Workshop on ‘Faith, Energy and Society’ The University of Cambridge’s Strategic Research Initiative

Workshop on ‘Faith, Energy and Society’

The University of Cambridge’s Strategic Research Initiative for energy researchers, Energy@Cambridge, would like to invite you to attend a Workshop on Faith, Energy and Society, in partnership with The Faraday Institute, Woolf Institute, Von Hügel Institute for Critical Catholic Inquiry (VHI), Kirby Laing Institute for Christian Ethics (KLICE). The event is organised by Dr Jonathan Chaplin, Director of the Kirby Laing Institute; member, Divinity Faculty, University of Cambridge.

The workshop is part of the Energy@Cambridge’s Grand Challenge called, ‘In Search of “Good” Energy Policy’, whose aim is to identify optimal practices and principles for designing and implementing the best possible energy policies.

Date: 3 March 2017 (10:00 – 17:00)

Location: Garden Room, St Edmund’s College, CB3 0BN Cambridge

Program: The workshop will explore theological dimensions to energy and environmental policy making and engage faith-based groups within the university and beyond. The resulting papers and discussions will help inform policy makers of the ethical, cultural and social issues that underlie our current and future policies.

The main questions the workshop will address include:

1. What insights or practices from faith traditions might shed light on cultural or ideological drivers of ‘bad energy’ practices (e.g. ‘consumerism’, carbon-dependent conceptions of economic growth, resistance to lifestyle change, instrumentalist views of nature, etc.) and hindering ‘good energy’ initiatives?

 2. What insights or practices from faith traditions might be relevant to the question of the distribution of institutional and societal responsibilities that the provision and management of energy demands, i.e. the state and other tiers of political authority, industry, households, markets, civil society?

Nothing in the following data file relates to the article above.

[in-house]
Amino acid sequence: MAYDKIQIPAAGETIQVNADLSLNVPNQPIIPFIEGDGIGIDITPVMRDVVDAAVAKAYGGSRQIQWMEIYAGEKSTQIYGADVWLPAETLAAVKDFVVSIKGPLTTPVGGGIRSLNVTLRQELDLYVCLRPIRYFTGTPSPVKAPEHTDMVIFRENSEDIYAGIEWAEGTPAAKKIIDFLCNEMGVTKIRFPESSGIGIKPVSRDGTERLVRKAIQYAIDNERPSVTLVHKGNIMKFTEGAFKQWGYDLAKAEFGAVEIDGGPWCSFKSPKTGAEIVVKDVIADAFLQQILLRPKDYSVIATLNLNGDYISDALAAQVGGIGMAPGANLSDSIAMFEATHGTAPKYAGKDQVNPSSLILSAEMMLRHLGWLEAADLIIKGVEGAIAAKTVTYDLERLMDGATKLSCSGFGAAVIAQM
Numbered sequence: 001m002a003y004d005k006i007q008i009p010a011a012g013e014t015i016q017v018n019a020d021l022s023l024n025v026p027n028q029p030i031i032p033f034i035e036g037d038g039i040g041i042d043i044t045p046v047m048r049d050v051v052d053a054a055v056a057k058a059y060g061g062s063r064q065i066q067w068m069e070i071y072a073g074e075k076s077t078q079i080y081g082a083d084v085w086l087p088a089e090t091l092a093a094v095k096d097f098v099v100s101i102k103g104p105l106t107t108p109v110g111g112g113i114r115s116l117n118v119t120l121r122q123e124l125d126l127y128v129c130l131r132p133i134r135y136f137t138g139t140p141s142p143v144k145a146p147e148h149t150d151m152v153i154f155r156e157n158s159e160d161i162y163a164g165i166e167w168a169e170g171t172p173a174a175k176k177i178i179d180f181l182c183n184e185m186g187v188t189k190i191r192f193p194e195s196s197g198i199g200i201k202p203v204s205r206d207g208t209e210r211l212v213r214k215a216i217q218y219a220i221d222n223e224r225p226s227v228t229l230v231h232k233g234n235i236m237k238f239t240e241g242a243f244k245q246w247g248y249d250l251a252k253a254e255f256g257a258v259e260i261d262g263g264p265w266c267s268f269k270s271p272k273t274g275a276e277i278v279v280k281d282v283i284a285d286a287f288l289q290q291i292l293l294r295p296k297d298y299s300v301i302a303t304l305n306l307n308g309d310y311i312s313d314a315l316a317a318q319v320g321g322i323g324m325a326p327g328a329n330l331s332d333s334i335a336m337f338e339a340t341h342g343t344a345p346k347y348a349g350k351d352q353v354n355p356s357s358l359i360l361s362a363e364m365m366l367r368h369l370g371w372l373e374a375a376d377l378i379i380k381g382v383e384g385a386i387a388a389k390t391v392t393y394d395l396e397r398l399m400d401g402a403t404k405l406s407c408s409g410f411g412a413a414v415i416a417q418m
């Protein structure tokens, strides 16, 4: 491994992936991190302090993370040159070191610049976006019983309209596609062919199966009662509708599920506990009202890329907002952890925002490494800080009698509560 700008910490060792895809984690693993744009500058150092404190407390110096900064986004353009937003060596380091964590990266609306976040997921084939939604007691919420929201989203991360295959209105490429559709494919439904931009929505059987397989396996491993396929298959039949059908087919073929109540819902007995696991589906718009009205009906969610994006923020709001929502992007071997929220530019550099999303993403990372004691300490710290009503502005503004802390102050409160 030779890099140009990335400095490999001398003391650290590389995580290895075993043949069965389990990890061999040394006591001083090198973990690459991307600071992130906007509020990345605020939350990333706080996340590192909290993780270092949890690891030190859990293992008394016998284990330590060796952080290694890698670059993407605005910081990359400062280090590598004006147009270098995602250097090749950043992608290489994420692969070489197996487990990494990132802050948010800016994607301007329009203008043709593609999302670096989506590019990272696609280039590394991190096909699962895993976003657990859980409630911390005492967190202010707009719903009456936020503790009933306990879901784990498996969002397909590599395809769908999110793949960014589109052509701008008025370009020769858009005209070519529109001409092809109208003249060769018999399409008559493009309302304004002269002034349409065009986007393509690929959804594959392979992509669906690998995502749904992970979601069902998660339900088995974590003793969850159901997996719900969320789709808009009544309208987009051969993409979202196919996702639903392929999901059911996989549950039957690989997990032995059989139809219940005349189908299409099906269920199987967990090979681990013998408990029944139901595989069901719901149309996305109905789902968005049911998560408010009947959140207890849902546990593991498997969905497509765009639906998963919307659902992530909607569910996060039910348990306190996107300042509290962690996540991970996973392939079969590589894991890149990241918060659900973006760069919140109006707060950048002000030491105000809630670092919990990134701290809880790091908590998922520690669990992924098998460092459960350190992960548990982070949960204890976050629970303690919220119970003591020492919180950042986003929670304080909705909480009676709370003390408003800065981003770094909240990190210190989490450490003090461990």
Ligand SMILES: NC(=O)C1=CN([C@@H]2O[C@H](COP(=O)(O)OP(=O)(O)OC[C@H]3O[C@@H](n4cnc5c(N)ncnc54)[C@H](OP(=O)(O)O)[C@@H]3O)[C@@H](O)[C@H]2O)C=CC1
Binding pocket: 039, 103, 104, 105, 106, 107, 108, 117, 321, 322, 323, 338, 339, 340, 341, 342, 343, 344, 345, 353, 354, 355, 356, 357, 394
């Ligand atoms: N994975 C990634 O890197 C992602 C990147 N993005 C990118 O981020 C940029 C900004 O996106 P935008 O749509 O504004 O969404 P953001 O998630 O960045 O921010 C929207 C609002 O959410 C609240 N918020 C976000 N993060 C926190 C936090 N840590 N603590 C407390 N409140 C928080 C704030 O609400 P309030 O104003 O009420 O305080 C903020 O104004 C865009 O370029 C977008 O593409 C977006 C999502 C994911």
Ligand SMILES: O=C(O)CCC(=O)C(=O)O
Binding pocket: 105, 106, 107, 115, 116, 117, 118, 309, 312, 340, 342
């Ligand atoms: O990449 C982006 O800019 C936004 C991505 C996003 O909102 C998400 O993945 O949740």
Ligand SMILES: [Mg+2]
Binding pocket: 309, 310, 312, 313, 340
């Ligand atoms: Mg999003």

The workshop will consist of three sessions. The first two sessions are panel discussions addressing the main questions concerning cultural drivers and societal responsibilities and the contributions that faith groups might have on policy debates. The third session is a moderated discussion among representatives from faith groups and experts from industry and government intended to integrate the ideas raised in earlier sessions with the practical constraints of policy making.

 Session 1: Cultural drivers of ‘bad energy policy’: insights from faith traditions

 Session 2: Allocating responsibilities for ‘good energy policy’: insights from faith traditions

 Session 3:  Policy applications: moderated roundtable

Confirmed contributors include:

Prof Tim Cooper (Co-Director, Centre for Industrial Energy, Materials and products, Nottingham Trent University)

Dr Ed Kessler (Director, Woolf Institute)

Dr Fazlun Khalid (Director, Islamic Foundation for Ecology and Environmental Sciences)

Dr Jeremy Kidwell (University of Birmingham)

Dr Hilary Marlow (Faraday Institute for Science and Religion and Cambridge Divinity Faculty)

Mr Gopal Patel (Director, Bhumi Project, Oxford Centre for Hindu Studies)

Dr Laszlo Zsolnai (Business Ethics Centre, Corvinus University; Buddhist Economics Research Platform)

Associates of the Cambridge University ‘In Search of “Good” Energy Policy’ project:

Dr David Good (Behavioural science)

Dr Jacqueline Lam (EPRG and Hong Kong University)

Professor David Newbery (Public policy)

Dr Jim Platts (Engineering)

Prof Michael Pollitt, Professor of Business Economics and Director, ‘In Search of “Good” Energy’ Policy (GEP)

Dr David Reiner (Political science)

Dr Sandy Skelton (Economics of consumption)

To register: please complete your details at the link below.

http://www.energy.cam.ac.uk/news-and-events/Events/event-registration

Places are limited and we will be in touch to confirm your registration.

For further information contact Dr Jonathan Chaplin (KLICE) (jc538@cam.ac.uk) or Professor Michael Pollitt (Energy@Cambridge) (m.pollitt@jbs.cam.ac.uk).

Five Cambridge Fellows of the Royal Society to teach on Faraday Summer Course

February 11, 2017

Five Cambridge Fellows of the Royal Society to teach on Faraday Summer

Five Cambridge Fellows of the Royal Society to teach on Faraday Summer Course

This summer’s Faraday Course [July 3-7] – ‘Cambridge Perspectives on Science and Religion’ - will be presented largely by speakers from Cambridge University, five of them Fellows of the Royal Society.

The Course will include opportunities to engage personally with some of the University’s top scientists who are also people of faith.

Special rates are available for those living in the Cambridge area who do not require accommodation.

Early application is recommended to avoid disappointment. Applicants had to be turned away from the Faraday Course in January due to lack of space.

Bursaries are available – applications should be submitted by 5th May.

 All Faraday Courses are open to graduates or undergraduates from any university in the world of any faith or none.

 Click HERE for further details and on-line application.